Raji is rarely used in sub-packages, where rising star Mike Daniels has been the defensive end who is given leeway to get after the quarterback and has had a lot of success doing it. He led the team in sacks for much of the season.
Moving Raji back to nose would allow Green Bay to bring in a large two-gapper who would be better served as a 3-4 defensive end, while Raji's potential is maximized in the center of the line.
Green Bay does still have Johnny Jolly and C.J. Wilson to consider, but with four defensive linemen needing new contracts and not all likely to get them, there's no doubt the Packers will pick one up in the early rounds of the draft.
Defensive tackle Ra'Shede Hageman out of Minnesota would be a stellar addition to the Packers' run defense at the 3-technique position. At 6'6" and 318 pounds, he's certainly the right size to push back blockers. If they wanted to wait until the second round to add this piece, Stephon Tuitt out of Notre Dame or Will Sutton out of Arizona State would fit the bill.
The only reason the Packers should pass up a first-round defensive tackle to shore up the run defense is if they can snatch up a top-rated safety.
It's very likely Green Bay already has its run-defending safety on the roster in Sean Richardson. Clearly a top safety talent along the lines of Ha Ha Clinton-Dix or Calvin Pryor is needed in the passing defense, but upgrading that area allows the Packers to keep Richardson relatively tethered to the line, utilizing his strongest assets.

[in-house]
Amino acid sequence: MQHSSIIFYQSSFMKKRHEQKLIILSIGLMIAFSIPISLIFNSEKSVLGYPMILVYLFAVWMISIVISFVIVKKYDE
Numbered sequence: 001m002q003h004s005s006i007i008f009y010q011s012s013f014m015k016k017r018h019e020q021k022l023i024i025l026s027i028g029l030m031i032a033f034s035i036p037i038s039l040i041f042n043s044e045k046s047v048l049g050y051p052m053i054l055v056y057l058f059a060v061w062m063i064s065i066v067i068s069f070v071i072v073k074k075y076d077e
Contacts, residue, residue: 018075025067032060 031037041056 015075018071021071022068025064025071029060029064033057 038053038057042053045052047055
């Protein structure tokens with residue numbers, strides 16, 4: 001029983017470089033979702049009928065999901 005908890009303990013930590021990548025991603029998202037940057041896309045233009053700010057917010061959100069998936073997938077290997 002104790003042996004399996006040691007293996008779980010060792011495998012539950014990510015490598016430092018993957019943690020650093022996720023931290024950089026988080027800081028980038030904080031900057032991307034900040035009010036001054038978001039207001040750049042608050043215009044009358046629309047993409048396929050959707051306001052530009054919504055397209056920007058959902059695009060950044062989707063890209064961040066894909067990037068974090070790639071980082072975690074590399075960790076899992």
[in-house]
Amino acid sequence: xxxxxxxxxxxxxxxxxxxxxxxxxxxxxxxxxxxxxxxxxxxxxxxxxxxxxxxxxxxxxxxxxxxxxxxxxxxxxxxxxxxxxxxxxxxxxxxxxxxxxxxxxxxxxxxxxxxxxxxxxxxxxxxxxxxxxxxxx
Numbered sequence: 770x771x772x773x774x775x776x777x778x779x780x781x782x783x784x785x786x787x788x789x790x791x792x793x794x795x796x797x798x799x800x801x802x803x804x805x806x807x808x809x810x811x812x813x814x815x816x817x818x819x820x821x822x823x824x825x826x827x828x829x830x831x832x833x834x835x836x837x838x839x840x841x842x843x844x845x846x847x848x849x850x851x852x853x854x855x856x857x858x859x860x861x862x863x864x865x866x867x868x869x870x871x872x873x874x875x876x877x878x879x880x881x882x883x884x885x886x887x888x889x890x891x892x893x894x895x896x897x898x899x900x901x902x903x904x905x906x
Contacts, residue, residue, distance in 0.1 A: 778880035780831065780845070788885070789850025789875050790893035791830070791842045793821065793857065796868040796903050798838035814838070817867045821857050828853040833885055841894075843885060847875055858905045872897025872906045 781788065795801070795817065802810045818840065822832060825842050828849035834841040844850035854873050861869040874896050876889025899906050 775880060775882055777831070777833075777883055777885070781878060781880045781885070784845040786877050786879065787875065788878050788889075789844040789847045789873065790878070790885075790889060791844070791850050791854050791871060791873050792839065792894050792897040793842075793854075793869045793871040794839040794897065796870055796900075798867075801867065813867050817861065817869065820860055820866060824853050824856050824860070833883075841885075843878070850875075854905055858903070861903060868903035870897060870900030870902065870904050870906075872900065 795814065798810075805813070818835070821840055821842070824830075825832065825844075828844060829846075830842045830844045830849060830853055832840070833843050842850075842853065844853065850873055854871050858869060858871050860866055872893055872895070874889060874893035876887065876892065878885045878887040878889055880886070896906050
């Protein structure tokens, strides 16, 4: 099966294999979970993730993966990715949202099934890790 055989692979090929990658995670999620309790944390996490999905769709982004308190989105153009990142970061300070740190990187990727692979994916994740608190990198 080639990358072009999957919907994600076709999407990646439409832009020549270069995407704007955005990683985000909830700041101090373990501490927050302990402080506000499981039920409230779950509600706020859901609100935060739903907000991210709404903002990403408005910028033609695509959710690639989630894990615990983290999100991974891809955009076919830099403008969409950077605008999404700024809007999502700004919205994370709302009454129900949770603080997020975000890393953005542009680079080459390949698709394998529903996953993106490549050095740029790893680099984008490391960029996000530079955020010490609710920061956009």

Capers has described Richardson as "a big-safety, small-linebacker type of guy," according to Mike Vandermause of the Green Bay Press-Gazette (subscription required), and his physicality is one of his greatest assets.
When the Packers are planning on playing seven-plus men in the box, especially against Adrian Peterson, Reggie Bush or Matt Forte twice a year, Richardson should absolutely figure in.
In fact, Capers' reluctance to start him last season over the clearly struggling M.D. Jennings was likely because he excels so much more against the run than the pass, and in 2013 the Packers didn't have a strong enough safety pool to afford to start a player who didn't excel in coverage.
But no more in 2014; the Packers should and will make adding a strong pass-defending free safety a priority in the draft, which allows Richardson to come in on sub-packages as a run defender.
Of course, if the Packers are going to spend a high draft pick on a safety, they'll do well to prioritize a complete safety who can defend the pass and the run both. In that case, it's possible Pryor is a wiser choice than Clinton-Dix.
Clinton-Dix has topped free-safety prospect rankings for months, but Pryor's stock is skyrocketing. He's the largest safety in this year's class, at 6'2" and 208 pounds. He can make a huge impact in the box as a run defender, but is also skilled at taking the correct angles on his tackles in space.